(Andrew Doughman/Nevada News Bureau) – The political power game of drawing political boundaries escalated today as Nevada’s Democratic legislators passed their plans for new political districts.
Legislators will deliver the proposal for new Congressional and state Assembly and Senate districts to Gov. Brian Sandoval. The Republican governor has said before that he will veto any redistricting plan that he does not deem “fair.”
Republicans today contended that the Democratic plan was not fair.
“While the [population] numbers are equal [between districts], the numbers slanted toward the Democrats are somewhat unfair for the Republicans in the minority,” said Assemblyman Lynn Stewart, R-Henderson, on the Assembly floor.
The governor has until Monday to veto the bill. If the Democratic-controlled Legislature and the Republican governor cannot reach a compromise, the drawing of political districts could end up in the hands of Nevada’s judges.
Although the budget overshadows the legislative session, redistricting offers politicians an opportunity to blend combinations of voters to their favor. Although ostensibly governed by equal populations between districts, redistricting is an inherently political process.
“Every 10 years we get to select the voters that will be voting for us and we have a special responsibility to be fair in this process,” said Assemblyman Pat Hickey, R-Reno, on the floor of the Assembly.
The Senate vote for the Democratic proposal broke along party lines with an 11-10 vote. In the Assembly, all Republicans voted against the proposal, joined by Democratic Assemblyman Harvey Munford, who said he was unhappy with how his party redrew his Las Vegas district.
Both Democrats and Republicans have focused much of the debate about political districts on Nevada’s growing Hispanic community. Hispanics now comprise 26 percent of Nevada’s population and are a voter bloc that both parties cannot ignore.
One in seven eligible voters in Nevada are Latinos, the sixth-largest Hispanic eligible voter population share nationally,according to the Pew Hispanic Center.
Democrats would like to establish “minority influence” districts where ethnic minority populations comprise an influential voting bloc in several districts.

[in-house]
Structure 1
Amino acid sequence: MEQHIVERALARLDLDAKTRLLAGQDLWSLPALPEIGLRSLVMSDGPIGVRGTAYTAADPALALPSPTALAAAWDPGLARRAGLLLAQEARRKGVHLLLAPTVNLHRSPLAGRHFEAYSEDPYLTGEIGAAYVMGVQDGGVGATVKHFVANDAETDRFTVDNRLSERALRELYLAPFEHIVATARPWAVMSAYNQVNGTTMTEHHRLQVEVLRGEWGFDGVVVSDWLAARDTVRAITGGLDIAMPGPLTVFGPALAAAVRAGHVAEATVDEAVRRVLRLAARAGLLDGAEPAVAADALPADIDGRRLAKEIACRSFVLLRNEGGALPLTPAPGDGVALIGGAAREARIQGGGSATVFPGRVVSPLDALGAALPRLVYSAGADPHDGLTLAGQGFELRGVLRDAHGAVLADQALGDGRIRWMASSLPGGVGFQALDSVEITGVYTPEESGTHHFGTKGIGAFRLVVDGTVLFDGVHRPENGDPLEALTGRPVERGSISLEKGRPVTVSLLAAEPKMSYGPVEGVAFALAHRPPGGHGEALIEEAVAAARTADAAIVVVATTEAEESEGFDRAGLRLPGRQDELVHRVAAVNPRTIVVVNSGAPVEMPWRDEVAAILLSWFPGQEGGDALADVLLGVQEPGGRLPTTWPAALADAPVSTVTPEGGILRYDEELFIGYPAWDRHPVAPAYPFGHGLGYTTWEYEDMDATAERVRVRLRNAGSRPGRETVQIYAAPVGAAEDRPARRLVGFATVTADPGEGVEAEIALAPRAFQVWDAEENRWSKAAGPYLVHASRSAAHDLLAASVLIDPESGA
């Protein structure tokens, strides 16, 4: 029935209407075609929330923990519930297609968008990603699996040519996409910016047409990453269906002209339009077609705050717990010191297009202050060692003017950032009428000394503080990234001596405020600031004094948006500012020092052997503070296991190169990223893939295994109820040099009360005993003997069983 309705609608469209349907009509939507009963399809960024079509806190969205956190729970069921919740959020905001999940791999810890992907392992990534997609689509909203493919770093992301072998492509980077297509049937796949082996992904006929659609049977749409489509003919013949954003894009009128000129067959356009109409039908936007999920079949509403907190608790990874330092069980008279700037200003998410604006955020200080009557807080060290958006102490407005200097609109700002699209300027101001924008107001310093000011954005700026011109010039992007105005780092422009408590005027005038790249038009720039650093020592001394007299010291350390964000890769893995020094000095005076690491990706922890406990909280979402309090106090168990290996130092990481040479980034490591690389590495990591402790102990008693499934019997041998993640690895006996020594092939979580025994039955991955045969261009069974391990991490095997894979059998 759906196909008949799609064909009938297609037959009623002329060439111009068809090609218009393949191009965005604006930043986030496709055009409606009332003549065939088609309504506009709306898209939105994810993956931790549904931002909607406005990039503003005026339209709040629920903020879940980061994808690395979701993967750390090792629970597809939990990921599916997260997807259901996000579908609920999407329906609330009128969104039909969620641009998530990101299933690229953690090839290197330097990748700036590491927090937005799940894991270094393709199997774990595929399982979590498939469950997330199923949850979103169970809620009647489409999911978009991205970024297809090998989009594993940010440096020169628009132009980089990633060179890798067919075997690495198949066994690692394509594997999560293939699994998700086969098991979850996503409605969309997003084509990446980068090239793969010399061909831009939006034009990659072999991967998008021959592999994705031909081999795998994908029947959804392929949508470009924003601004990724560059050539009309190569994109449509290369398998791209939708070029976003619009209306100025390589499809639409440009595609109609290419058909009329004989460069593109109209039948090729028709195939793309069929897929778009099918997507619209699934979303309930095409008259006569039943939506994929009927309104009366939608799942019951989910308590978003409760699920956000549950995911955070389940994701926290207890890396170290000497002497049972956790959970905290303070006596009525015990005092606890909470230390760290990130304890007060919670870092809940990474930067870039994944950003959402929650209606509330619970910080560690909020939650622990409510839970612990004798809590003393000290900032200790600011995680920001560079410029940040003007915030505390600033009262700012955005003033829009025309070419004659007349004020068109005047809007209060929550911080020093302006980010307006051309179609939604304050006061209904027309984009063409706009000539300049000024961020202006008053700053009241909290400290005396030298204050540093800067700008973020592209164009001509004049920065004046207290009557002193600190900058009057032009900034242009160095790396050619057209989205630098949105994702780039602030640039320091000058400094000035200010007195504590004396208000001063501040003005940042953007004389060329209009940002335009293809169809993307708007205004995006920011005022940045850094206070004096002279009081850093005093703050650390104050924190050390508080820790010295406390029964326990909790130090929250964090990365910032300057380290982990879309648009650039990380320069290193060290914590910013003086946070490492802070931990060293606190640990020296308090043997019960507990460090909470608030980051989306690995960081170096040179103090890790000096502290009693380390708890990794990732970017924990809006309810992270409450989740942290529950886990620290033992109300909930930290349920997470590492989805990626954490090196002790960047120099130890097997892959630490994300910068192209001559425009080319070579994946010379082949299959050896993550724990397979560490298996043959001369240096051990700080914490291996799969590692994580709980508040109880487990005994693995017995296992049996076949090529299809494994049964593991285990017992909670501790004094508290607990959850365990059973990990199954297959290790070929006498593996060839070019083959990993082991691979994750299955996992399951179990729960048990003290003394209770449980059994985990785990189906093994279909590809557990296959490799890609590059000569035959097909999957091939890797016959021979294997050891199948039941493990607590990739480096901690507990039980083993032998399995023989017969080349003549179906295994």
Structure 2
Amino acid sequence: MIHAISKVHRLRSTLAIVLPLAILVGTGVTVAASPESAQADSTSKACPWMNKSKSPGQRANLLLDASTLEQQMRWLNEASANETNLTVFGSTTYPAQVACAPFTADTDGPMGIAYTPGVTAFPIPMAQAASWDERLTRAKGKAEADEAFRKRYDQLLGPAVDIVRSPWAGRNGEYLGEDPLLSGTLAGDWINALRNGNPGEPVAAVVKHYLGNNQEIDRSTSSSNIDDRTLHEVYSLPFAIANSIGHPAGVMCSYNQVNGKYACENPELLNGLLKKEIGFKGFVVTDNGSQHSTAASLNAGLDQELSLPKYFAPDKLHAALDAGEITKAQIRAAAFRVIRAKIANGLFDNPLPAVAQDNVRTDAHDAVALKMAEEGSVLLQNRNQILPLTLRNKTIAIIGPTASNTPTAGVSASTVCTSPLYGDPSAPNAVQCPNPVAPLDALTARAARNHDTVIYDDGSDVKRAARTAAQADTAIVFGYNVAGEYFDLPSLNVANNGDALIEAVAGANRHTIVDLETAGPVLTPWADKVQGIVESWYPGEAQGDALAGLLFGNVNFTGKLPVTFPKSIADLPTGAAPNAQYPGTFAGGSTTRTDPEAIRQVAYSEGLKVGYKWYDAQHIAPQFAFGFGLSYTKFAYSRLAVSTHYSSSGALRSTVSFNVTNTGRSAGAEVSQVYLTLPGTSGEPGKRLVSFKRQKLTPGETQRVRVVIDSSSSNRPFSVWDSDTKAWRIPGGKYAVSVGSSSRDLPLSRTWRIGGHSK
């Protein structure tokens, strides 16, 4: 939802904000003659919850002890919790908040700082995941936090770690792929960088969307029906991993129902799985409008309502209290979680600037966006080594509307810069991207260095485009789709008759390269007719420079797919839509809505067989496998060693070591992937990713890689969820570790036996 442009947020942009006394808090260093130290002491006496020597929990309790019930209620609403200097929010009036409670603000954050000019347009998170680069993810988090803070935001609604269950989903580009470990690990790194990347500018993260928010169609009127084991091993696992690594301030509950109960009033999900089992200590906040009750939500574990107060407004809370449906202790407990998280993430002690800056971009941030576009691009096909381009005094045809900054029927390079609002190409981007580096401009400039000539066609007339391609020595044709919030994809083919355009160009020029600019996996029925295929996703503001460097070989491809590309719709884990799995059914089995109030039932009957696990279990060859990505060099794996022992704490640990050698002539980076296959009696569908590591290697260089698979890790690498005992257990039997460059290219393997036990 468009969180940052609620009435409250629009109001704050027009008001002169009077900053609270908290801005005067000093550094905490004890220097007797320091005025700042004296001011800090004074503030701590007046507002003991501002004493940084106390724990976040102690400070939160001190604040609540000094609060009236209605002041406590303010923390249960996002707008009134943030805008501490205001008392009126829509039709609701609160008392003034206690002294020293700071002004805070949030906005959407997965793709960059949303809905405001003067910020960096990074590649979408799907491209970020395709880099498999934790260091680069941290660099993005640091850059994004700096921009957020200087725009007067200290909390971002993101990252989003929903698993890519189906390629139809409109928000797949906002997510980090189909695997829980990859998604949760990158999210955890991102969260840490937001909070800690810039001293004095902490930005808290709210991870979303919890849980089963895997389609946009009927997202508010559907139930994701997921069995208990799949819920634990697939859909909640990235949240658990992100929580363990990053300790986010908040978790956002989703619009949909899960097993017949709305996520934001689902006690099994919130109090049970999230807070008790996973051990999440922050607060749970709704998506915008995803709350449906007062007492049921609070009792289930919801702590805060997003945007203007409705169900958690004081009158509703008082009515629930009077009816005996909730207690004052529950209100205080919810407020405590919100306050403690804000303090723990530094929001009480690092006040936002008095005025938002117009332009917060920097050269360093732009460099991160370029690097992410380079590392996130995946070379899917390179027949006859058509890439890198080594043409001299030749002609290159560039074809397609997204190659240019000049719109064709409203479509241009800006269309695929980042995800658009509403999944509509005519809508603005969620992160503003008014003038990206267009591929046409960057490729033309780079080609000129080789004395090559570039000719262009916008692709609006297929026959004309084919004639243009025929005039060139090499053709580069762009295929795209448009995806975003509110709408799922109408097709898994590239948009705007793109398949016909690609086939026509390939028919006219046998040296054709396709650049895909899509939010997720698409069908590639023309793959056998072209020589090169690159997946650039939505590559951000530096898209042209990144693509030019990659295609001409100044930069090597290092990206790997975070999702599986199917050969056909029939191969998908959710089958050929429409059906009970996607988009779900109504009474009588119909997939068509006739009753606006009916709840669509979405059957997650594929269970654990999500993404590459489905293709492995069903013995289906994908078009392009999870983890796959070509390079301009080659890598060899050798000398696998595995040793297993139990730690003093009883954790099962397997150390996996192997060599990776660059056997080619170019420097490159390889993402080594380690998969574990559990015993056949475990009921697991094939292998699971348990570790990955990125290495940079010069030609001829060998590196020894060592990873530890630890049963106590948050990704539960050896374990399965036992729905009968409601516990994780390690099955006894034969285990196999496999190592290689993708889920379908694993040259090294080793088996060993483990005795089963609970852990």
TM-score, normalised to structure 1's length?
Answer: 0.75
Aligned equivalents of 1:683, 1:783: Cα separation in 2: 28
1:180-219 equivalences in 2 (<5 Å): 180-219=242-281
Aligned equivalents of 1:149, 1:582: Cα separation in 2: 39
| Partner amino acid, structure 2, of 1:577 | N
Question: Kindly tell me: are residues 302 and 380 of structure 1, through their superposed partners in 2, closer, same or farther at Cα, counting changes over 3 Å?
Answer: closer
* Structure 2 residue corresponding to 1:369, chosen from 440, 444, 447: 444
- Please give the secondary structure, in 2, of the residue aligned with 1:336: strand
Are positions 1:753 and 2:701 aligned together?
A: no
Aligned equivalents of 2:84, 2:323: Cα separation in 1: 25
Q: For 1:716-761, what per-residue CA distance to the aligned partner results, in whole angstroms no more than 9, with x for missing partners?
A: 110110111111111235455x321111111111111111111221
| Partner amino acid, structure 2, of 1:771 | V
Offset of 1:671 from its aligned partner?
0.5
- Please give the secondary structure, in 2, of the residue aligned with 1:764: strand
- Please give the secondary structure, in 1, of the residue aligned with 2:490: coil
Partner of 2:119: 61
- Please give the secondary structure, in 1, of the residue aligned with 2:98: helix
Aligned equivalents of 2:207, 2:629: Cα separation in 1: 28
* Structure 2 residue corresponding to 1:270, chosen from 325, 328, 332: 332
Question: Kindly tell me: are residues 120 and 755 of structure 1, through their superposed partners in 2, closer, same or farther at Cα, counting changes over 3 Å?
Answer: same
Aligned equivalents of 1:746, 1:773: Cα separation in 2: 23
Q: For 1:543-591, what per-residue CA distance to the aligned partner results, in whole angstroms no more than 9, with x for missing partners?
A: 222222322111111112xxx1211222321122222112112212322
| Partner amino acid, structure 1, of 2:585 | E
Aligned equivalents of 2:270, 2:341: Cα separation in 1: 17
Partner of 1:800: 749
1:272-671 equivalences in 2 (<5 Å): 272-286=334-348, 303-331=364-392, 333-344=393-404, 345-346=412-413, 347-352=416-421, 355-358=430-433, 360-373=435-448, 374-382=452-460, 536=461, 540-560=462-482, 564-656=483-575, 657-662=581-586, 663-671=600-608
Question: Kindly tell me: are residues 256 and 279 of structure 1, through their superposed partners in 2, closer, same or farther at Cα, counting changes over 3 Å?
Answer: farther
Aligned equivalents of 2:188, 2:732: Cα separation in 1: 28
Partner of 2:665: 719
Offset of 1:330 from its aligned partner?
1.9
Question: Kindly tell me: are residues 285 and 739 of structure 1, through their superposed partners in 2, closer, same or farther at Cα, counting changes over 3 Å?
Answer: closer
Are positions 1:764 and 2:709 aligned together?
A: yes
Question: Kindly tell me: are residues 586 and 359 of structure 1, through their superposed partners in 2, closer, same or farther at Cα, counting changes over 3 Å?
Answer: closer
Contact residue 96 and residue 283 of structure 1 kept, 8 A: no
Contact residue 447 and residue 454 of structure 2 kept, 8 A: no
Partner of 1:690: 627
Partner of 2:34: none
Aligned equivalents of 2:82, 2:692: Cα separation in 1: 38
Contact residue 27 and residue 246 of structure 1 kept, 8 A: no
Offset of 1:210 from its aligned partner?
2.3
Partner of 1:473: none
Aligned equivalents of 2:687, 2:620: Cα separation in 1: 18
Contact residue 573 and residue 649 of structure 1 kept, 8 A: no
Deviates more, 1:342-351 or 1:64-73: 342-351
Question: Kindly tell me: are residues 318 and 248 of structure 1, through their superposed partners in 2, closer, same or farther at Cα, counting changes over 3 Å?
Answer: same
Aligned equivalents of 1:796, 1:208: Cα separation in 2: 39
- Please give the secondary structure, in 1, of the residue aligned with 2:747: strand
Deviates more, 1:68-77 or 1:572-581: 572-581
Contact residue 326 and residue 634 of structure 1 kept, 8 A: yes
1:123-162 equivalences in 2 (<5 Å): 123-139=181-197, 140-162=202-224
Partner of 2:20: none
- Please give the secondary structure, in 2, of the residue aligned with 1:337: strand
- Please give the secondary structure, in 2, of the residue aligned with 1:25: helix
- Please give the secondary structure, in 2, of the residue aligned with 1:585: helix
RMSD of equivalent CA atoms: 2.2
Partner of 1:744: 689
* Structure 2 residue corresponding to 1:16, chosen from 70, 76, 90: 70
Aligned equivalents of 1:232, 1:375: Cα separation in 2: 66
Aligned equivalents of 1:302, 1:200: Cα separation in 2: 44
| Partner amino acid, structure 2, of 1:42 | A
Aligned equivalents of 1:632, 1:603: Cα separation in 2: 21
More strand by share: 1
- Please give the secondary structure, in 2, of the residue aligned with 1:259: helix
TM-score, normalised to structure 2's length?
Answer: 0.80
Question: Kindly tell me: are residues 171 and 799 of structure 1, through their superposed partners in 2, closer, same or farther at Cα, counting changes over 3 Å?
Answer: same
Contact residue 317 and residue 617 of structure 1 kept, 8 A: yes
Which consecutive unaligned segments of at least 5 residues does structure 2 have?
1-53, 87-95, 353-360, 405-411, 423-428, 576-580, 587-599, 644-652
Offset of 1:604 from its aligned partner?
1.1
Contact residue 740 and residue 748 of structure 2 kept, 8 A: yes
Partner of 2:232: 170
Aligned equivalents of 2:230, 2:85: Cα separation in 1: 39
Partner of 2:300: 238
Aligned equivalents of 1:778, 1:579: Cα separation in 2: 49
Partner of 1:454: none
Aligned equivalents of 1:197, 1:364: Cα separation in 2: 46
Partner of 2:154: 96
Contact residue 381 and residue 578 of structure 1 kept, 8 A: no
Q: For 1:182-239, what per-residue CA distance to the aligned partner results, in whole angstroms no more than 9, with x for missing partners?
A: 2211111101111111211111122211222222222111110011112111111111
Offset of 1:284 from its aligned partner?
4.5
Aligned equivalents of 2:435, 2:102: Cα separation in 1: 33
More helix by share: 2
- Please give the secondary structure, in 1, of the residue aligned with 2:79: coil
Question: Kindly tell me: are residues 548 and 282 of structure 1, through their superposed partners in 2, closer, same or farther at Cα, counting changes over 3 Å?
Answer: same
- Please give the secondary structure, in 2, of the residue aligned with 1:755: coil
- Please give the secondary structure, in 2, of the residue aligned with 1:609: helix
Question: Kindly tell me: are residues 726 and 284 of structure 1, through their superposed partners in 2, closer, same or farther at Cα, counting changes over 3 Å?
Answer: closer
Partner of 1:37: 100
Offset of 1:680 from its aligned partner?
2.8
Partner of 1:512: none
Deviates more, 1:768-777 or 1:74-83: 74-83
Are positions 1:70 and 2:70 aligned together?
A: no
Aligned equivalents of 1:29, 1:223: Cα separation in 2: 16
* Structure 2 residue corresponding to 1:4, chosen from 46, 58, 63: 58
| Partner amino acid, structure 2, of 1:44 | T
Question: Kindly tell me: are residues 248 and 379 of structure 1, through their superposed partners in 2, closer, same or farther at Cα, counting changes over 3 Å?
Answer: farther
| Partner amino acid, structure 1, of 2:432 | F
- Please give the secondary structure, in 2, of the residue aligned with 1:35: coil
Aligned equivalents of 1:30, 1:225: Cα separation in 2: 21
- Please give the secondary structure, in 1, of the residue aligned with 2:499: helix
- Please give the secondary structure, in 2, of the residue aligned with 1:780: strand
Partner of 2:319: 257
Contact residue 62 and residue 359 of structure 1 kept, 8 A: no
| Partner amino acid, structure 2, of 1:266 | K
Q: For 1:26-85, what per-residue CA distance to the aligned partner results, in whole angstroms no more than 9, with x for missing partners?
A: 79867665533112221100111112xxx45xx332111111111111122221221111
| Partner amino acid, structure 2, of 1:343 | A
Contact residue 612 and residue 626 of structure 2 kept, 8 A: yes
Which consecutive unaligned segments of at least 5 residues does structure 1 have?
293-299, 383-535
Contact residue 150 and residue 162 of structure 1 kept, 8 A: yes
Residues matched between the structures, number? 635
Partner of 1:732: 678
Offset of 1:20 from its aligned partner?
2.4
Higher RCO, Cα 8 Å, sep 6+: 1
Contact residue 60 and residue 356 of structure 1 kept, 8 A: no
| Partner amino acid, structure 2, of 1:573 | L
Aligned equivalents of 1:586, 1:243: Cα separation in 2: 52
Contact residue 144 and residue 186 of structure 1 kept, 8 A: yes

Republicans argue that Nevada should have a majority-minority “opportunity” district because 26 percent of the state’s population is Hispanic and therefore one of the state’s four congressional districts should be majority Hispanic.
Sen. Joe Hardy, R-Boulder City, said the Democrat plan ignores the intent of the federal Voting Rights Act for congressional districts by failing to ensure fairness in representation for the Southern Nevada Hispanic community
The Republican plan created one of four congressional districts with 50.7 percent total Hispanic population. The Democrat plan creates no such district, which is in violation of the act, Hardy said.
“This plan actually creates four districts in which whites make up a significant majority,” he said. “Any plan that does not begin with an attempt to create a majority Hispanic district in Clark County fails to adhere to the letter and the spirit of the Voting Rights Act. It is something I personally cannot ignore in good conscience.”
On the Assembly floor, Assemblywoman Lucy Flores, D-Las Vegas, asked whether this logic implied that only a Hispanic majority could elect a Hispanic candidate.
“Nevada has proven that Hispanic and other minority candidates can and have been elected in minority influence districts,” she said.
Sandoval, Nevada’s first Hispanic governor, was elected with a majority of the white vote while losing the Hispanic vote.
The Republicans are calling for eight Hispanic-majority seats in the Assembly, four in the Senate and one in Congress.
Democrats spread Hispanic voters throughout more districts, creating two Senate districts and three Assembly districts with a majority Hispanic population.
The Legislature is required to redraw the boundaries of political districts every 10 years based on changes in population released through the U.S. Census.
Nevada’s explosive population growth between 2001 and 2010 earned Nevada one more Congressional District, giving Nevada four Congressional Districts.
All districts must be nearly the same size. Map drawers use the U.S. Census total population figures for Nevada and divide those by the number of districts so that each district has an ideal size. The ideal size for a Congressional district is 675,000 people.
Bureau Chief Sean Whaley contributed to this report.